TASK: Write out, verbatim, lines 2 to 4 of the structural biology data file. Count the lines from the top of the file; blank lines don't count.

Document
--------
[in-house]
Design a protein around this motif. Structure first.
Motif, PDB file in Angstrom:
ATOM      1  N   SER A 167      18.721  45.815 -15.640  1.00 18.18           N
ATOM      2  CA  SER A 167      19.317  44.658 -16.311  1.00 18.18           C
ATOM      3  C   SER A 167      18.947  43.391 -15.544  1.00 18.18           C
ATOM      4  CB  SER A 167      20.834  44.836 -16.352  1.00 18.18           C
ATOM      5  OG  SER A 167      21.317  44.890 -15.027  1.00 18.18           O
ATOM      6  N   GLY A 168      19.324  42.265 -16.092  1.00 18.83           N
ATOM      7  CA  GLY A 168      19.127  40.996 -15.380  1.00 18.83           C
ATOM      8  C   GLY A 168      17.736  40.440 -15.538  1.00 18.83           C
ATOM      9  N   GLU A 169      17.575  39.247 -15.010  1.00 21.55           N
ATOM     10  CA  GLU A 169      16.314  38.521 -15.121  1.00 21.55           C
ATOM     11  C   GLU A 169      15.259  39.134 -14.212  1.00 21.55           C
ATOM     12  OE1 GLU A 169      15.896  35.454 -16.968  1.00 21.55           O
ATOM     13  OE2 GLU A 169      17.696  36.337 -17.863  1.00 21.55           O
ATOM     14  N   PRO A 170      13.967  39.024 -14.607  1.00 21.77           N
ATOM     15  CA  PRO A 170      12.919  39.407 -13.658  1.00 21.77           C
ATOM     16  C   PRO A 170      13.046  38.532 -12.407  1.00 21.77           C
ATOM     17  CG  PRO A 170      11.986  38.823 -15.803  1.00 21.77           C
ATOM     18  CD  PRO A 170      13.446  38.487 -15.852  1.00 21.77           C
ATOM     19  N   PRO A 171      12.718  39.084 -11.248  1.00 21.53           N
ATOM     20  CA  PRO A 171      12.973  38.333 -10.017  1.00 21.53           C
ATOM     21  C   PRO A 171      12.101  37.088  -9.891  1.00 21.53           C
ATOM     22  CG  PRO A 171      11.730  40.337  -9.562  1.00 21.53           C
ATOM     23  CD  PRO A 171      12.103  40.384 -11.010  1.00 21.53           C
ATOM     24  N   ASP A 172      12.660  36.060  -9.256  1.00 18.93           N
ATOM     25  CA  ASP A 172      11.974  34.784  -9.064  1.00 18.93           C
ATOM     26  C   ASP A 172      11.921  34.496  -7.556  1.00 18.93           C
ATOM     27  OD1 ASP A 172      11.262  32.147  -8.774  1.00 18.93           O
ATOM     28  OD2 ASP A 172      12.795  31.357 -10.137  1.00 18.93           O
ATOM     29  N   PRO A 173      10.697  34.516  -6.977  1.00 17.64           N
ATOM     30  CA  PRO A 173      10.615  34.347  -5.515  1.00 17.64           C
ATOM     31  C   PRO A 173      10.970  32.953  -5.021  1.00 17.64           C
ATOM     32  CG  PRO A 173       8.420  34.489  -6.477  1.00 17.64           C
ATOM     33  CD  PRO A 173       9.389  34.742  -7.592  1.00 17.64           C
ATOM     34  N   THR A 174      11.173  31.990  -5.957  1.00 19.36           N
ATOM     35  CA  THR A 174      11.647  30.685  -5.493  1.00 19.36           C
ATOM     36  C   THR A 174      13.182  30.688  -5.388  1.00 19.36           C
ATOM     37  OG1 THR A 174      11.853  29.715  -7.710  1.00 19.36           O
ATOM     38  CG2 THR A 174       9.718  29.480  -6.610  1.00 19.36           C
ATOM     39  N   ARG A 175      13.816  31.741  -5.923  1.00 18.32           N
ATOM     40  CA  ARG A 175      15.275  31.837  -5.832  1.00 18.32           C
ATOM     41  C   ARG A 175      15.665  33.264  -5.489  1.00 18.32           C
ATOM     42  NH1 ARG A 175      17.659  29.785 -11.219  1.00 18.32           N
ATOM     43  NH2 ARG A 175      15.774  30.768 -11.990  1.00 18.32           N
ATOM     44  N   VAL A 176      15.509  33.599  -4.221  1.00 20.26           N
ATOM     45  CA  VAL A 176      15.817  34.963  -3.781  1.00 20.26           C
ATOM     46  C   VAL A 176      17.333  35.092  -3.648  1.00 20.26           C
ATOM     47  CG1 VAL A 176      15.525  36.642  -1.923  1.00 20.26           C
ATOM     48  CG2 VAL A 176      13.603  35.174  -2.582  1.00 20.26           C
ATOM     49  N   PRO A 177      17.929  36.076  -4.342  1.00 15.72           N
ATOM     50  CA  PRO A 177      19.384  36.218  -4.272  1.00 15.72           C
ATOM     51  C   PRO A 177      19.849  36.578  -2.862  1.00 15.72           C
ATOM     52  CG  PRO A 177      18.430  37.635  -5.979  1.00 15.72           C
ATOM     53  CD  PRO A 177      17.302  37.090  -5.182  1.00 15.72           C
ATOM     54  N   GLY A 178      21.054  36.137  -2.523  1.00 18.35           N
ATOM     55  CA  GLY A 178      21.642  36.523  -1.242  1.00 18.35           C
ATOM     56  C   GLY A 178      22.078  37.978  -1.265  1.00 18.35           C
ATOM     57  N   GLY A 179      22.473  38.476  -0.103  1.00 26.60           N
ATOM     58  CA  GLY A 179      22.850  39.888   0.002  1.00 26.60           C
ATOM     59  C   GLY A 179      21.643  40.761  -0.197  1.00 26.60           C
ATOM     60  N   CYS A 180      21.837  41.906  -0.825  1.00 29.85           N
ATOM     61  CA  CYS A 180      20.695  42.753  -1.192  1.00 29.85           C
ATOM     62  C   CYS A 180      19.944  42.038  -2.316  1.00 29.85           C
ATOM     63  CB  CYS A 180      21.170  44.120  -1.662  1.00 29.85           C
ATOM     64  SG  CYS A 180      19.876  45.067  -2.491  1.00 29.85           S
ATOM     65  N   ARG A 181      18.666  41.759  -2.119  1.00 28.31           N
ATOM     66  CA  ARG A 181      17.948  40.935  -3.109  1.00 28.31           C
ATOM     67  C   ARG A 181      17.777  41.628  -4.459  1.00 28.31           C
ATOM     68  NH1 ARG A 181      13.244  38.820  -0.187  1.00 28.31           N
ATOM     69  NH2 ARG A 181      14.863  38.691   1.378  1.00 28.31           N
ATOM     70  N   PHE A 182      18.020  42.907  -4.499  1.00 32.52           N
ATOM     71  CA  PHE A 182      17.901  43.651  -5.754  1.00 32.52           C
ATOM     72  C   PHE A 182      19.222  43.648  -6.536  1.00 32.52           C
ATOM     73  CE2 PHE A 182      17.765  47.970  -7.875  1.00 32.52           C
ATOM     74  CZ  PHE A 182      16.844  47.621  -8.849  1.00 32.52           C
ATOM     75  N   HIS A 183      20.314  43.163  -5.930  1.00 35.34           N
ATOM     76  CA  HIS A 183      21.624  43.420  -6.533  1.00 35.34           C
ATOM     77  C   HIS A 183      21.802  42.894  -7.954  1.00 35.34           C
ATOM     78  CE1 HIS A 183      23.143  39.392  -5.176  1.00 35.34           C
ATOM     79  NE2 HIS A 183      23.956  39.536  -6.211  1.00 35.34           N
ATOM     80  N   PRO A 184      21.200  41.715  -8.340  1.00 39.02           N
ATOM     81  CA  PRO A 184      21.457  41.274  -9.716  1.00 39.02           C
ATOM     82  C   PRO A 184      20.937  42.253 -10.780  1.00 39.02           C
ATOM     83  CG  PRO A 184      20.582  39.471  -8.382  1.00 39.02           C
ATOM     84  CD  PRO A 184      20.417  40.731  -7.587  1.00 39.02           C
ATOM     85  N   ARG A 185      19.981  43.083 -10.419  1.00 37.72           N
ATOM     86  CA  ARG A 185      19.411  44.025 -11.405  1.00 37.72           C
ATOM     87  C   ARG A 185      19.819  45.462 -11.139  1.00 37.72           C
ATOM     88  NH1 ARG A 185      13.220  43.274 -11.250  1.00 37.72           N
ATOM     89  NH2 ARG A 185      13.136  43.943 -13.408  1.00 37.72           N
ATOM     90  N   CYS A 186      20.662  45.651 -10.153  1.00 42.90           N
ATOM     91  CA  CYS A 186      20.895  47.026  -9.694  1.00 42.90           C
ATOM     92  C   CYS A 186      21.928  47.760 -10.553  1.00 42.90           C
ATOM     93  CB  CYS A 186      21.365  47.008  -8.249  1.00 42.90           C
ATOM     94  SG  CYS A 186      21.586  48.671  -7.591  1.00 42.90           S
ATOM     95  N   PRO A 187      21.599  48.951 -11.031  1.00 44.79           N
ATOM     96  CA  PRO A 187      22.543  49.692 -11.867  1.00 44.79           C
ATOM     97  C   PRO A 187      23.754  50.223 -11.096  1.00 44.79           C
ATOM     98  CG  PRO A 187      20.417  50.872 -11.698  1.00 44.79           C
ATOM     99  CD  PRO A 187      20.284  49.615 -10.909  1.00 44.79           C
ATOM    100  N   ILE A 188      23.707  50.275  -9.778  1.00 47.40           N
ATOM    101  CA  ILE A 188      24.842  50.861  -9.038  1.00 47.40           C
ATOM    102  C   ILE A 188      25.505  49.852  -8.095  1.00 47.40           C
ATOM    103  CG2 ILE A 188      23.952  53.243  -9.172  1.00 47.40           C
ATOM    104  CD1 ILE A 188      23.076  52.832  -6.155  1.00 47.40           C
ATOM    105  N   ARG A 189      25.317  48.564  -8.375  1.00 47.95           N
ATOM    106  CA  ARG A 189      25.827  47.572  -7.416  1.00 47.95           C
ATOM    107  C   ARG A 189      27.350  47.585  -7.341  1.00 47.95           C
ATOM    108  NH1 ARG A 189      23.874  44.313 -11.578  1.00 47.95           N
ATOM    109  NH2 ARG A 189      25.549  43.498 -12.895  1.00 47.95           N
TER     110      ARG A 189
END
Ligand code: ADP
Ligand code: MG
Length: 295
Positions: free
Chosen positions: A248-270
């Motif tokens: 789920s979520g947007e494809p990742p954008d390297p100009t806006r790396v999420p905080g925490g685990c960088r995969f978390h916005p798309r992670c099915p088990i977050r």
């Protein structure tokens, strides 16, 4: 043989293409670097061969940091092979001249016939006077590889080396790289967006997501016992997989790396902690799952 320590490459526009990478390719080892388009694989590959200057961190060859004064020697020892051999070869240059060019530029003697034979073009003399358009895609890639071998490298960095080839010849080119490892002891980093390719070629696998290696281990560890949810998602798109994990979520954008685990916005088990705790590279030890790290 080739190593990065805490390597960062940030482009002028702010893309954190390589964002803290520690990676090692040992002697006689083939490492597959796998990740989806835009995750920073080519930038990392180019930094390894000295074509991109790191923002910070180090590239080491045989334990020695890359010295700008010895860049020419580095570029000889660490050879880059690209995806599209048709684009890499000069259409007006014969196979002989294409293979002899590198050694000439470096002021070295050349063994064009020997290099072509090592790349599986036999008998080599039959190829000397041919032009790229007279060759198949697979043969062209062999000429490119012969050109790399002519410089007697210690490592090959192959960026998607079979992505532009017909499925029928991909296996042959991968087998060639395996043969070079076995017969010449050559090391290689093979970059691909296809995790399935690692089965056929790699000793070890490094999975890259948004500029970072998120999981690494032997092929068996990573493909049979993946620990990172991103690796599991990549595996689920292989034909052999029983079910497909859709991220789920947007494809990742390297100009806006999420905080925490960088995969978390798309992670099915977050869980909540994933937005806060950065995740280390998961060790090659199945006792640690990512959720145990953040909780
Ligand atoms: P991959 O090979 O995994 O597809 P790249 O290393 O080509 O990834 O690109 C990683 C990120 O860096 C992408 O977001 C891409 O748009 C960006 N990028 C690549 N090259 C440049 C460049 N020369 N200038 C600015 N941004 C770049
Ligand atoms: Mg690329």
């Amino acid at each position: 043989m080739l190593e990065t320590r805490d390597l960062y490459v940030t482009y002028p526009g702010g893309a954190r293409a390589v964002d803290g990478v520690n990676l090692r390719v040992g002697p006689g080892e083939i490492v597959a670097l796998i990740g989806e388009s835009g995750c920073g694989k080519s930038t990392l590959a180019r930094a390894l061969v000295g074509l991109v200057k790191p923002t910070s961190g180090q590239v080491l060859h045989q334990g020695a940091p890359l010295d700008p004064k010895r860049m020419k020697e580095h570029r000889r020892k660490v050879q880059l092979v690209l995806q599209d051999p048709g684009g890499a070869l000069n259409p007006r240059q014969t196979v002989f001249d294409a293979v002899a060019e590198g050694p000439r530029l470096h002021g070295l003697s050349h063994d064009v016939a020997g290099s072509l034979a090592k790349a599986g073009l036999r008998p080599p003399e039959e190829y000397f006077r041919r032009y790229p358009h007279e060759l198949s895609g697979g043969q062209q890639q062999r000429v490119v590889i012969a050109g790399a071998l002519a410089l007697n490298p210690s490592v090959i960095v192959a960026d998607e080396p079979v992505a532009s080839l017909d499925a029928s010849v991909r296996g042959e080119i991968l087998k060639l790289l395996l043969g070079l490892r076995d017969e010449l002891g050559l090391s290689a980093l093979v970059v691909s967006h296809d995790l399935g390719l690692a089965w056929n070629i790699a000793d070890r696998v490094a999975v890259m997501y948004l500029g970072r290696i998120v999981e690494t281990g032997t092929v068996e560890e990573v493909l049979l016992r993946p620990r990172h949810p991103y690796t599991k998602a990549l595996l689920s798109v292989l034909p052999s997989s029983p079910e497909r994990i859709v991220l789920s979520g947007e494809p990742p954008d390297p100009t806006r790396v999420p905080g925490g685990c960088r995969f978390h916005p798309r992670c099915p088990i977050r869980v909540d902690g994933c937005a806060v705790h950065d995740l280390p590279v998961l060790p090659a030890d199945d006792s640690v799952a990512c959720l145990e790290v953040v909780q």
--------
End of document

Design a protein around this motif. Structure first.
Motif, PDB file in Angstrom:
ATOM      1  N   SER A 167      18.721  45.815 -15.640  1.00 18.18           N